During the TIACA Executive Summit held in San Francisco, three startups were recognised for their innovative and sustainable projects at the sustainability awards. The group’s annual event, which awarded Peli BioThermal and Nepal Flying Labs in 2020, presented United Cargo with its corporate winner award for its Eco-Skies program. In the small business category, startup XFret took home the US$10,000 cash prize for its innovative in-cabin cargo solution. Simon Foucart-Gaudy, startup co-founder, gives us a rundown of the company and its winning project.
Can you give us a brief background of XFret?
XFret was born 2 years ago. The idea of developing a product to allow airlines to exploit their empty seats came to us before the Covid-19 crisis. However, when we saw the impact of this crisis and the players rethinking their business models, we embarked on the project in order to provide a solution to support the sustainable development of the sector.
We had the opportunity to exchange and be advised by industrial players and airlines. We also tested a first prototype on an aircraft at the Toulouse Airport, allowing us to evaluate the integration of the product in a cabin and in the operating time.
The design of the latest version of our product was carried out mainly in a mechanical laboratory at the Icam Engineering School in Toulouse with the advice of airworthiness experts from ENAC and the EASA innovation unit. We are now also working with a DOA design office partner to support the certification activities.
Since January, XFret has been supported by the French Transport Innovation Agency, allowing us to have the support of the French DGAC (Direction Générale de l’Aviation Civile) for the certification of our product and its integration in the aeronautical ecosystem.
Recently, we won the TIACA Air Cargo Sustainability Awards in San Francisco. This award underlines the relevance of the innovative cargo-in-cabin solution we are developing with the objective of making air cargo a more sustainable market.
Can you tell more about the product that won XFret the sustainability award?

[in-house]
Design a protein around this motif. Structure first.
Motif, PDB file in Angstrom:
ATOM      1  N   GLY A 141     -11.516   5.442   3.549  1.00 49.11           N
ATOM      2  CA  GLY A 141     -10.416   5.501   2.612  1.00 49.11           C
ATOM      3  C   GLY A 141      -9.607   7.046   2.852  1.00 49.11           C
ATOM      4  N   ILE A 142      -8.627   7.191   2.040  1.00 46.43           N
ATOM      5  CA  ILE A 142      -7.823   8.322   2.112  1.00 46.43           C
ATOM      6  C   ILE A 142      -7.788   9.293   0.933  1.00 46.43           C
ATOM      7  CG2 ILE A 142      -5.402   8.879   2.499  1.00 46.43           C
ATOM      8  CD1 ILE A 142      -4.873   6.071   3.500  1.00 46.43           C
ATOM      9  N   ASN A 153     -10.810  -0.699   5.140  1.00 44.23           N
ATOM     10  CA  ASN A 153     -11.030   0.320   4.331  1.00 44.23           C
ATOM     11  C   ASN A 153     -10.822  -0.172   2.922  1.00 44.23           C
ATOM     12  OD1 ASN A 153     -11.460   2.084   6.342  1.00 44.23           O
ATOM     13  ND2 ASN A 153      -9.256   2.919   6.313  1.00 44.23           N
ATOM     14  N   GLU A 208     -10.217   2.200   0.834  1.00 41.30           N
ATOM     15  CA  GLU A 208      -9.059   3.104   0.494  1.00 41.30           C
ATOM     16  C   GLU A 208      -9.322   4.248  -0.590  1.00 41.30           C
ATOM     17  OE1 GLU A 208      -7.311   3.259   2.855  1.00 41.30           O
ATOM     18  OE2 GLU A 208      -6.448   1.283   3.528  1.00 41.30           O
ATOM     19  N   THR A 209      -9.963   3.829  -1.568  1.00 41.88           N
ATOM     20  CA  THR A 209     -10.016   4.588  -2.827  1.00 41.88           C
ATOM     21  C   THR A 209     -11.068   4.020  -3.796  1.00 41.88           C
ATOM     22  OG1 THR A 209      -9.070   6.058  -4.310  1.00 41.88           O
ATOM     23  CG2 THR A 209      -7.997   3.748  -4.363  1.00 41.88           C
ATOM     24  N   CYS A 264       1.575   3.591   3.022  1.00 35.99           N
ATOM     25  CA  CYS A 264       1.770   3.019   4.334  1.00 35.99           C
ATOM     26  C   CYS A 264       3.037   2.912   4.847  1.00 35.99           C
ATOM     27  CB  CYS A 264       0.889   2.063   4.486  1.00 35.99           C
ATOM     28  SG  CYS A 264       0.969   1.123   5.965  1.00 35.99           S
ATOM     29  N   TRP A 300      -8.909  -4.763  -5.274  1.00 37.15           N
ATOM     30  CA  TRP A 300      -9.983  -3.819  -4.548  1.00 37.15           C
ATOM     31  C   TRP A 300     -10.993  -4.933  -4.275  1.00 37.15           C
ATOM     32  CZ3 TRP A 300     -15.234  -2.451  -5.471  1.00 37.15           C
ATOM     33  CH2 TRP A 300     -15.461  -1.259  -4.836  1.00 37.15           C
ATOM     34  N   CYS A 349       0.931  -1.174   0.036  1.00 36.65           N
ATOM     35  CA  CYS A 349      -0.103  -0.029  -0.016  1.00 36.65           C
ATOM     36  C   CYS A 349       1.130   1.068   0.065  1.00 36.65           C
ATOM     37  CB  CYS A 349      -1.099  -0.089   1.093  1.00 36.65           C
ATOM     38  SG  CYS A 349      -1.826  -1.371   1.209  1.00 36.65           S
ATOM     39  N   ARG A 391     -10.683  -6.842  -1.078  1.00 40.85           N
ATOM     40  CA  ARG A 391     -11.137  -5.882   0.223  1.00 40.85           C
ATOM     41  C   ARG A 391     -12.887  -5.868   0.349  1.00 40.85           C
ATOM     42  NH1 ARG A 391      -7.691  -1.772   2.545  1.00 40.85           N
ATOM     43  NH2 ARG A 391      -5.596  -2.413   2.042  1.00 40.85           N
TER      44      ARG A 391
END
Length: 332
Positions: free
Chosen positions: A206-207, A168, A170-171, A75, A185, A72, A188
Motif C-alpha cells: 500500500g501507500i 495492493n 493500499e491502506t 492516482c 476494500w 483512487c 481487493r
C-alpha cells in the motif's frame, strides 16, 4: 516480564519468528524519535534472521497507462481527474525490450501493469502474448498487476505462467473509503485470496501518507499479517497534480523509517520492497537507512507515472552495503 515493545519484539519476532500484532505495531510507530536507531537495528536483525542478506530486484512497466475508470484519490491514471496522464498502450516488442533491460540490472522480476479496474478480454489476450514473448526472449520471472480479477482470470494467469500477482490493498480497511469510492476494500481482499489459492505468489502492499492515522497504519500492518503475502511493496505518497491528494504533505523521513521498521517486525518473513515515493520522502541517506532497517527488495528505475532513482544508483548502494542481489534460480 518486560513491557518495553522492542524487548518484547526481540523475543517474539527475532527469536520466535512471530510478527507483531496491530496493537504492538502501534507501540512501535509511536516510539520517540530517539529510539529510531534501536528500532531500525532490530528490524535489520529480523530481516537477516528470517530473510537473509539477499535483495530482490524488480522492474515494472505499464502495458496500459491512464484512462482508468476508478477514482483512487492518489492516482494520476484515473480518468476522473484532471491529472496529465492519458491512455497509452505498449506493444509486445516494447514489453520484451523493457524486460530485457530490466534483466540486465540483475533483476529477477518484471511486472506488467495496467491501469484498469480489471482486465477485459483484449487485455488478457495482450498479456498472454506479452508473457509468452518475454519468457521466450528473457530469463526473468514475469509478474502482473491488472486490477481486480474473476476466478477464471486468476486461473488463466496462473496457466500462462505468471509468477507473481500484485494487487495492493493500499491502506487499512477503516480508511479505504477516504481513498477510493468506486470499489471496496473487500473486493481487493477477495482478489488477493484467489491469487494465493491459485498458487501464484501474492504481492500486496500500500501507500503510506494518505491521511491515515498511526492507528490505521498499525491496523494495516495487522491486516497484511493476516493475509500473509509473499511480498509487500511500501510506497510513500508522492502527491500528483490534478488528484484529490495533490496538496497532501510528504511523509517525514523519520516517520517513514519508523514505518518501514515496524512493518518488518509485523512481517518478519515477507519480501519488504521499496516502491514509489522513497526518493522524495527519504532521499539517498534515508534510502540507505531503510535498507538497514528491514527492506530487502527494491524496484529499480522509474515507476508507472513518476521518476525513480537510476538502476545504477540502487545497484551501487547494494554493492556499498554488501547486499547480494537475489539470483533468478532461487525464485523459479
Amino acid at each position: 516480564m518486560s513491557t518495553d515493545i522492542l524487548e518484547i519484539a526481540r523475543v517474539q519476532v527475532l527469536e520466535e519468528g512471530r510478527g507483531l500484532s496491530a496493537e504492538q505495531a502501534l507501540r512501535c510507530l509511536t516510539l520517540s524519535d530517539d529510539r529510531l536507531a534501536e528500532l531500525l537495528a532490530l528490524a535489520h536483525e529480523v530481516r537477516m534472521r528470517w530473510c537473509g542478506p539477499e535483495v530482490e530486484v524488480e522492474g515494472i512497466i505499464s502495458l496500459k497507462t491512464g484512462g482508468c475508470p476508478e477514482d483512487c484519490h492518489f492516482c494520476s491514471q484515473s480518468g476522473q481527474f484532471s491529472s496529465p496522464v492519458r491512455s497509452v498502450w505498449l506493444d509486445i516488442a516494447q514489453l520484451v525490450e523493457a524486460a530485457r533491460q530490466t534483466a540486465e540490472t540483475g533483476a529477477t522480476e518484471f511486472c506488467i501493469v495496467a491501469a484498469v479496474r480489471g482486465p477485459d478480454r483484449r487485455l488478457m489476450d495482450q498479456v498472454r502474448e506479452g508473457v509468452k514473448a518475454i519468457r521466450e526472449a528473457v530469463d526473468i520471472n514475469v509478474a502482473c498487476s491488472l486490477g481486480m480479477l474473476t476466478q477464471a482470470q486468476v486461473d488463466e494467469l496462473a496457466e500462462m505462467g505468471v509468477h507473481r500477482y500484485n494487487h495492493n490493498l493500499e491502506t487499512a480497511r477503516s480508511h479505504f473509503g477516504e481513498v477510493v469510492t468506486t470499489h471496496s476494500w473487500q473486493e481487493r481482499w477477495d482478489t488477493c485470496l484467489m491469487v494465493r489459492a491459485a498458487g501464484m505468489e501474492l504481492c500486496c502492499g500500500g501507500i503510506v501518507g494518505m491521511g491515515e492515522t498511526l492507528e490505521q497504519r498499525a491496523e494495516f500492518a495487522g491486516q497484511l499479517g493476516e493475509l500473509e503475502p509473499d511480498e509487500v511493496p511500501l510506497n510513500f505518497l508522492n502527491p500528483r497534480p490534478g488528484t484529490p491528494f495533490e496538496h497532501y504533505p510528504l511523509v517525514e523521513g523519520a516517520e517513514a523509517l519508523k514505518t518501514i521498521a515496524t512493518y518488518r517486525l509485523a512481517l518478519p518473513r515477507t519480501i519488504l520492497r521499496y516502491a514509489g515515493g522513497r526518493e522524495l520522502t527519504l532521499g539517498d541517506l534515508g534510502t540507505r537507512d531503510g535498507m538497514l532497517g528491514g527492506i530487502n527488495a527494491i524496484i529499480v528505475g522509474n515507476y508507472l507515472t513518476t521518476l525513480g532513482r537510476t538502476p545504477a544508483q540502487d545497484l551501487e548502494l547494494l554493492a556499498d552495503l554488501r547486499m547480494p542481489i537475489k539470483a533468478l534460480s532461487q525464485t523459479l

In order to meet the growing demand for air cargo and to reduce the financial losses caused by empty seats on passenger aircraft (20% empty seats on average per flight for the past 10 years), we have developed an innovative cargo container that can be placed on empty seats of passenger aircraft.
Our container has been designed to be compatible with operating times (only 6 minutes to load 20% of a SA and 13 minutes for 20% of a WB) as well as with passenger safety and comfort. At the same time, our solution optimises the environmental efficiency of the aircraft by 2 to 6% per kilo transported.
The use of XFret containers makes it possible to easily adapt to the filling of each flight. It is a much cheaper and less time-consuming alternative to aircraft conversion or other current cargo transport solutions.
How long did you work on the prototype and when is the target commercial launch?
We have prototyped different parts of our product throughout its development and have also made various models. Today, we are actively working on the certification phase and have planned a first market launch for next winter.
Talking about sustainability, what would be the tangible ways that stakeholders can really push forward their net-zero goals?
Reinforcing open innovation actions between large groups and start-ups seems to be a good solution to implement more easily new sustainable solutions. We also see today a real willingness of the players to put SAF into operation while waiting for the arrival of hydrogen on a larger scale. In line with the Fly Net Zero 2050 study, a better load factor would also reduce emissions. In this case, the use of cargo in the cabin at the same time as passengers would allow this better use.
How much was left of the prize money? Where are you planning to get more funding?
The cash prize for the TIACA Sustainability Awards was $10,000. We plan to fund the project through fundraising and public grants related to aeronautics funding, innovation and sustainable transports. Having received proposals during the TIACA summit, we are now open to investment proposals.
What’s the next move?
We have started to work actively with the French DGAC on a proposal for a more precise definition of cargo in cabin regulations, in order to propose this definition to the various aviation regulatory bodies. After this phase of proposing a definition of the regulation, the next step is to move forward with the certification process while continuing to work with stakeholders.
The EU will no longer allow cargo in passenger cabins from August, the aviation safety agency declared. Will this new rule directly affect your product?
We see this end of the deviation as a real recognition of the need to implement certified solutions designed for the transport of cargo in the cabin in terms of safety and operation. Like the flexible container solutions found in regional aircraft such as the ATR or Dash.